While underground, Marilyn was also charged with conspiracy in the successful 1979 liberation of political prisoner Assata Shakur (2) and the 1981 expropriation of a Brinks armored car in which two police officers and a security guard were killed. The government contended that the conspiracy brought together black and white North American radicals, under black leadership.
To my knowledge, this was the first time since the pre-Civil War era of John Brown that blacks and whites stood accused of joining together to conduct guerrilla activities. In this case, Marilyn was convicted of conspiracy; however, neither she nor her co-defendant Dr.Mutulu Shakur (stepfather of slain musician and actor Tupac Shakur) was convicted of any murders. Dr. Shakur was an original member of the Republic of New Afrika and a founder of the Lincoln Detox center in New York, which pioneered the use of acupuncture to help break drug addiction in the black and brown communities.
I feel a certain defensive avoidance about commenting, in shorthand, on this era’s underground movements of the left, which, after all, came to their historical end many years ago. This is an essay of mourning and homage to Marilyn Buck who lived this struggle for many years; it’s not an assessment of politics and strategy. Her clandestine years are held in protective secrecy by those who shared them. For her to have kept a journal would have been to put collective security in unacceptable jeopardy.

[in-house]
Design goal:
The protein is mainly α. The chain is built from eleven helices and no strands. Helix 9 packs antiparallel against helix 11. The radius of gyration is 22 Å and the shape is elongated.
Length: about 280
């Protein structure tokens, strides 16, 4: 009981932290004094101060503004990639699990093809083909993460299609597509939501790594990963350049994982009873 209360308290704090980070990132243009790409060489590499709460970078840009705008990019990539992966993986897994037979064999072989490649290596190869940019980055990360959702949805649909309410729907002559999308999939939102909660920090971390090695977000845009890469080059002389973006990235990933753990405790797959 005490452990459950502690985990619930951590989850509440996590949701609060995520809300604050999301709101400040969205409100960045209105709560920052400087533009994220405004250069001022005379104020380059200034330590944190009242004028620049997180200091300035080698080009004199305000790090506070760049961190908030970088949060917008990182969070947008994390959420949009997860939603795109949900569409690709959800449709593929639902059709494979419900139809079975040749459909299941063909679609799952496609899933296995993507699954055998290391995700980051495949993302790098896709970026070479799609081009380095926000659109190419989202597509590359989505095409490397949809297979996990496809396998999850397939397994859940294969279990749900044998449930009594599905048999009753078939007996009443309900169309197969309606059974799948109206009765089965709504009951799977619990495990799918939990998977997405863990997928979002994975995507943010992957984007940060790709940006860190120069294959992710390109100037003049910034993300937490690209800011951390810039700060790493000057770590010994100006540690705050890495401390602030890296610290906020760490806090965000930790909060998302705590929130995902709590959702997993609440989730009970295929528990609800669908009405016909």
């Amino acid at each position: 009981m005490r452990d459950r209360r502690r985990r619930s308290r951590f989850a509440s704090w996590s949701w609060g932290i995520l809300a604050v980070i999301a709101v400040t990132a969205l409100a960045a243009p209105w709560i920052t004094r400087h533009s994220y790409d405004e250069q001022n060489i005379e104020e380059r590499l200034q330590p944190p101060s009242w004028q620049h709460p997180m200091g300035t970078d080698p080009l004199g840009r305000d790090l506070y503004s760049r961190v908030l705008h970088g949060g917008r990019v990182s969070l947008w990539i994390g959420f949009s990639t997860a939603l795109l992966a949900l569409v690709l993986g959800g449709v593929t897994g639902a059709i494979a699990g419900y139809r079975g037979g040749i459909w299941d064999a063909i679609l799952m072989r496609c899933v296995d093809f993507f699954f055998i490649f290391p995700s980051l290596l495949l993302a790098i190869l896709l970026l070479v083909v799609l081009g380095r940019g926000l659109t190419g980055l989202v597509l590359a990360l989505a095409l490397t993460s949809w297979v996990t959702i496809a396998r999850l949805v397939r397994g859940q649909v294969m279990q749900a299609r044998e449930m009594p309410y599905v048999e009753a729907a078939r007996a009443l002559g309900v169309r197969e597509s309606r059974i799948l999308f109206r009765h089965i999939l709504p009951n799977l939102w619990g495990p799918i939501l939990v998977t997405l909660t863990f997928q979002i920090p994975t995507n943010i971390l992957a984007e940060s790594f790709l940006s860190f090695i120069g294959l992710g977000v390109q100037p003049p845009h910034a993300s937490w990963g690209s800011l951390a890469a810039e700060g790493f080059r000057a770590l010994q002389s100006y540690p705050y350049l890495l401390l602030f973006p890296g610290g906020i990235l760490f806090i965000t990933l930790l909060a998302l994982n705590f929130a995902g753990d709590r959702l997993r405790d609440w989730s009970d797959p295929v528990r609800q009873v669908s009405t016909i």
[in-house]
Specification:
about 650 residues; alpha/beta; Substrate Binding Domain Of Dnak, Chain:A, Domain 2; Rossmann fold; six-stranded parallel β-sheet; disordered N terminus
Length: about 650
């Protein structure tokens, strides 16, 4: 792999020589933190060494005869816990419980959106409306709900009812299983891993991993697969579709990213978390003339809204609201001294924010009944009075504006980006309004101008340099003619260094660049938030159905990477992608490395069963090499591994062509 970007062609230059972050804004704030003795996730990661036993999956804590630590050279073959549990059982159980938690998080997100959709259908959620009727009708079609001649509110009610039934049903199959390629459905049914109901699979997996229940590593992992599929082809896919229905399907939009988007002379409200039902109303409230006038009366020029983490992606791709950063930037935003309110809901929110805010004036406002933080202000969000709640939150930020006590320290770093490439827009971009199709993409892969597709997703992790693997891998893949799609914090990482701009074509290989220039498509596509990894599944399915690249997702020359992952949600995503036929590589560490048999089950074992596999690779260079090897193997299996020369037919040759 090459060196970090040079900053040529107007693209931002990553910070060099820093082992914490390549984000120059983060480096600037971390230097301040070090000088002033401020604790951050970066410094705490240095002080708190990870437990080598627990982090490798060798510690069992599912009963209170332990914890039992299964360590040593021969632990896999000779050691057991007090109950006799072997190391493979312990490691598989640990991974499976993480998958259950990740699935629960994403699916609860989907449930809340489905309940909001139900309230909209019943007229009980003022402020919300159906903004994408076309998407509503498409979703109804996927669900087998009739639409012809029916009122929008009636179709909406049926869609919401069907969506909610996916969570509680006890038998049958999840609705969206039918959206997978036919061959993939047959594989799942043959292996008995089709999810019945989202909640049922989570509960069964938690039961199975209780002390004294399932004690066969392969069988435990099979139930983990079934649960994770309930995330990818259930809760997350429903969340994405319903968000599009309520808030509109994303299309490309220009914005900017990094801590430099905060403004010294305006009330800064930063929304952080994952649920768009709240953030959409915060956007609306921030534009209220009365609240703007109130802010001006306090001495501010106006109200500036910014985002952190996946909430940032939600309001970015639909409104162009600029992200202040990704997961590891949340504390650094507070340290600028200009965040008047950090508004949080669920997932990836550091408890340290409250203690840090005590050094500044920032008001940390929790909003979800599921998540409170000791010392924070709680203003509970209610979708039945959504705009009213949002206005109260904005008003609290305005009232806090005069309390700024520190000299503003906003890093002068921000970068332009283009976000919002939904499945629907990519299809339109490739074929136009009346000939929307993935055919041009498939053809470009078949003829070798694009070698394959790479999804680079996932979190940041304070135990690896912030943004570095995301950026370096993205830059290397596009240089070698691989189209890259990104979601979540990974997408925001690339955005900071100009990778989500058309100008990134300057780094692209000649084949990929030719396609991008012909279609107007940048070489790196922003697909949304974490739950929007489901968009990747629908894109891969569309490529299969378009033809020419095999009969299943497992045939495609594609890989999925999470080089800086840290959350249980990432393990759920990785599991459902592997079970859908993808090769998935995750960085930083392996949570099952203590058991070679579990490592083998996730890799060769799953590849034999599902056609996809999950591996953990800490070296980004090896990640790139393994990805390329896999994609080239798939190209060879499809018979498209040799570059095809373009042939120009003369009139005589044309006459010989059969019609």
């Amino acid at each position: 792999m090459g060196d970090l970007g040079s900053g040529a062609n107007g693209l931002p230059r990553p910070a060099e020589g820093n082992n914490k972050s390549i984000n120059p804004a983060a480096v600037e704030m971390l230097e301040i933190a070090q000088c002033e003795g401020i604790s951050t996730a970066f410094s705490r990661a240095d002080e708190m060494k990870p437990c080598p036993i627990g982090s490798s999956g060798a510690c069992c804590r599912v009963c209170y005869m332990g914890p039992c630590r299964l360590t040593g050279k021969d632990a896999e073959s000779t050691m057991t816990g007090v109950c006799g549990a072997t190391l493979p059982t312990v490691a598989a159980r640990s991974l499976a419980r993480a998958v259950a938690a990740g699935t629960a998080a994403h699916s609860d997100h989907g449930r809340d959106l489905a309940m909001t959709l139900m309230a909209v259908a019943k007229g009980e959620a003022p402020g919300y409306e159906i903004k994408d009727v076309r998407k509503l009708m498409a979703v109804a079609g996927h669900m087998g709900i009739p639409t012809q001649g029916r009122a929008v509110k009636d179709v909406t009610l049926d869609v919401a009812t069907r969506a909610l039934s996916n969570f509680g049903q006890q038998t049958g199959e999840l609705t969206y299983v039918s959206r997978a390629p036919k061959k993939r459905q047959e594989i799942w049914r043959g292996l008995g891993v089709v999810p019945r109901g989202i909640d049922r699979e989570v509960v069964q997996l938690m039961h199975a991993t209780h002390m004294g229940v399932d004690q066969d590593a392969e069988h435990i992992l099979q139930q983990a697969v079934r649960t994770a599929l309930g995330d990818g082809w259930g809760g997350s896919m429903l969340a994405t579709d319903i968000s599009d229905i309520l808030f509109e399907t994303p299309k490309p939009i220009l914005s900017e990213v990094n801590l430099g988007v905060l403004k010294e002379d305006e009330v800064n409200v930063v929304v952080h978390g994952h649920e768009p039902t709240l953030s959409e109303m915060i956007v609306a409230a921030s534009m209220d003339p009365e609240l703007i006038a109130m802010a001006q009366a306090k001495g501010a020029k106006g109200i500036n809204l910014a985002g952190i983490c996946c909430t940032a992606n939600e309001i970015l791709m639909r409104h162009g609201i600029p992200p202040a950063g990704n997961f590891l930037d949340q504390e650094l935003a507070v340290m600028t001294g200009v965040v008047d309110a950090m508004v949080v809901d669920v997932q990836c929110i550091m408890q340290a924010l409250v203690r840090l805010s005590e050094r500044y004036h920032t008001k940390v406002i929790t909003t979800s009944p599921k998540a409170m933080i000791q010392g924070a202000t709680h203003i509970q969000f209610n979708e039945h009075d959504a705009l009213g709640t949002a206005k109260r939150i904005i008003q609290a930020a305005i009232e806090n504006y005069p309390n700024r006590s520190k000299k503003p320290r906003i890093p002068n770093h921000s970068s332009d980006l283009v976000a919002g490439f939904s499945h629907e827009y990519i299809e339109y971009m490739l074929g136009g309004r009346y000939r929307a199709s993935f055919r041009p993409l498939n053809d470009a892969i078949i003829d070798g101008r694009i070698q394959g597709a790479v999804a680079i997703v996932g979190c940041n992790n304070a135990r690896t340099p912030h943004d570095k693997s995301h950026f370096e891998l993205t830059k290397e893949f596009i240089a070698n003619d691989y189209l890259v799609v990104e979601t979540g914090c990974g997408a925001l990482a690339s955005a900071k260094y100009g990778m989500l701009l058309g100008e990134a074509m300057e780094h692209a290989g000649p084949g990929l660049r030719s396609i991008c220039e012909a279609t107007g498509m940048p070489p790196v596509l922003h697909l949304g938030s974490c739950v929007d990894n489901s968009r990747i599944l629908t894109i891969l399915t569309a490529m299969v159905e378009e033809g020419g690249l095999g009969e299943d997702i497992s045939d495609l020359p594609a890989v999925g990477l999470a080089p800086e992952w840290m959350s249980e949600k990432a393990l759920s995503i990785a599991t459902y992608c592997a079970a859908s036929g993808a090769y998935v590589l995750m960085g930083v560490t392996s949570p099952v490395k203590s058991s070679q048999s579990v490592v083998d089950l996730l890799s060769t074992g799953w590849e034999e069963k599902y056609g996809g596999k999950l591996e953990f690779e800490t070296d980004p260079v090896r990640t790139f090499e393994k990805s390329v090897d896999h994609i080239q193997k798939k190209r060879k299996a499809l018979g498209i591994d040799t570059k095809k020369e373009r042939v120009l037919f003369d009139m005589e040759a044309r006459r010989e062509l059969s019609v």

Nonetheless, at minimum, it seems to me, we ought to recognize more about these contributions than a basic recitation of her charges and convictions. But the post 9-11 “war on terror” has had a chilling effect on such conversations, despite the fact that these organizations had absolutely zero in common with Al- Q’aeda or similar terror killers.